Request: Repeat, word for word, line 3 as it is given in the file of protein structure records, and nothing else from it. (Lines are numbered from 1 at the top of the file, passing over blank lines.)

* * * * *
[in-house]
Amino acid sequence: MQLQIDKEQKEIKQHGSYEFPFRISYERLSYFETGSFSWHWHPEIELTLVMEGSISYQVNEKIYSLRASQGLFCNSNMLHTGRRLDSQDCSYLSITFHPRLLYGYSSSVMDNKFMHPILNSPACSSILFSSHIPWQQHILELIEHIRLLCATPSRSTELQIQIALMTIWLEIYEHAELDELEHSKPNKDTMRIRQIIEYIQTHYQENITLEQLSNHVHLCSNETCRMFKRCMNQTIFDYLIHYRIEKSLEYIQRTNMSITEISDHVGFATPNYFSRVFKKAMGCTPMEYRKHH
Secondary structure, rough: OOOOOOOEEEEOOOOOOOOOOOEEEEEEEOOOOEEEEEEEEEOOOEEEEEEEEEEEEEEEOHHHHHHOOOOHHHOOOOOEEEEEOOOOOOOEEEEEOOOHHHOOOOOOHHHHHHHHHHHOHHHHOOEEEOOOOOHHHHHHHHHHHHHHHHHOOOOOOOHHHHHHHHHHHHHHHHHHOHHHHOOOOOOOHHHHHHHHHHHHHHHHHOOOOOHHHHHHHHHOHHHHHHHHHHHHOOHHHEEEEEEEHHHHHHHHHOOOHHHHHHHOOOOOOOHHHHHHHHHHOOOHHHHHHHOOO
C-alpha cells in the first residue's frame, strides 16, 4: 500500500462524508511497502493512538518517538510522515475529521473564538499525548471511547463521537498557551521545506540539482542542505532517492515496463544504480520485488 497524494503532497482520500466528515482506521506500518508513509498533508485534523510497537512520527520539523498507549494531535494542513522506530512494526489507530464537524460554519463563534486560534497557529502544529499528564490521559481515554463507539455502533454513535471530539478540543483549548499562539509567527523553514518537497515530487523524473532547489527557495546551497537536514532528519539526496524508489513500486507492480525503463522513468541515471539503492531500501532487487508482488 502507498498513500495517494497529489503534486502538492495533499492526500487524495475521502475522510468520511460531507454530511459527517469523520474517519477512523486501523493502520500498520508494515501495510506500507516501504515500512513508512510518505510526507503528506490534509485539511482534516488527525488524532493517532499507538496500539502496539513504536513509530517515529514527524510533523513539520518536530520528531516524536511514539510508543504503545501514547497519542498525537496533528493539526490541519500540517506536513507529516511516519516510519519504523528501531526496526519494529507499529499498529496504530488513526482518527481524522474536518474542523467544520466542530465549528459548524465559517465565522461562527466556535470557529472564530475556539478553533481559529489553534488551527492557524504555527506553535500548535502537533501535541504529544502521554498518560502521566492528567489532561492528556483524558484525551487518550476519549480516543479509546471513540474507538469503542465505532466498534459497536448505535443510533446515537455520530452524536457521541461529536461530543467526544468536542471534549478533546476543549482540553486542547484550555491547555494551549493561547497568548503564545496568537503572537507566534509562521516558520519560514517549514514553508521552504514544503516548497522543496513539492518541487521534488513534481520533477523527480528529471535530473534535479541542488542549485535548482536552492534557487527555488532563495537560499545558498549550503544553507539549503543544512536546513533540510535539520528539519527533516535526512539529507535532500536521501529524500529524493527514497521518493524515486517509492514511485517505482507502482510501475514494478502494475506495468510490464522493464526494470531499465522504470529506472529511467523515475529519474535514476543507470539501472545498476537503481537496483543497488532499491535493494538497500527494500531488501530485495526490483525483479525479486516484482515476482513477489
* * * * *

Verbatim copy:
Secondary structure, rough: OOOOOOOEEEEOOOOOOOOOOOEEEEEEEOOOOEEEEEEEEEOOOEEEEEEEEEEEEEEEOHHHHHHOOOOHHHOOOOOEEEEEOOOOOOOEEEEEOOOHHHOOOOOOHHHHHHHHHHHOHHHHOOEEEOOOOOHHHHHHHHHHHHHHHHHOOOOOOOHHHHHHHHHHHHHHHHHHOHHHHOOOOOOOHHHHHHHHHHHHHHHHHOOOOOHHHHHHHHHOHHHHHHHHHHHHOOHHHEEEEEEEHHHHHHHHHOOOHHHHHHHOOOOOOOHHHHHHHHHHOOOHHHHHHHOOO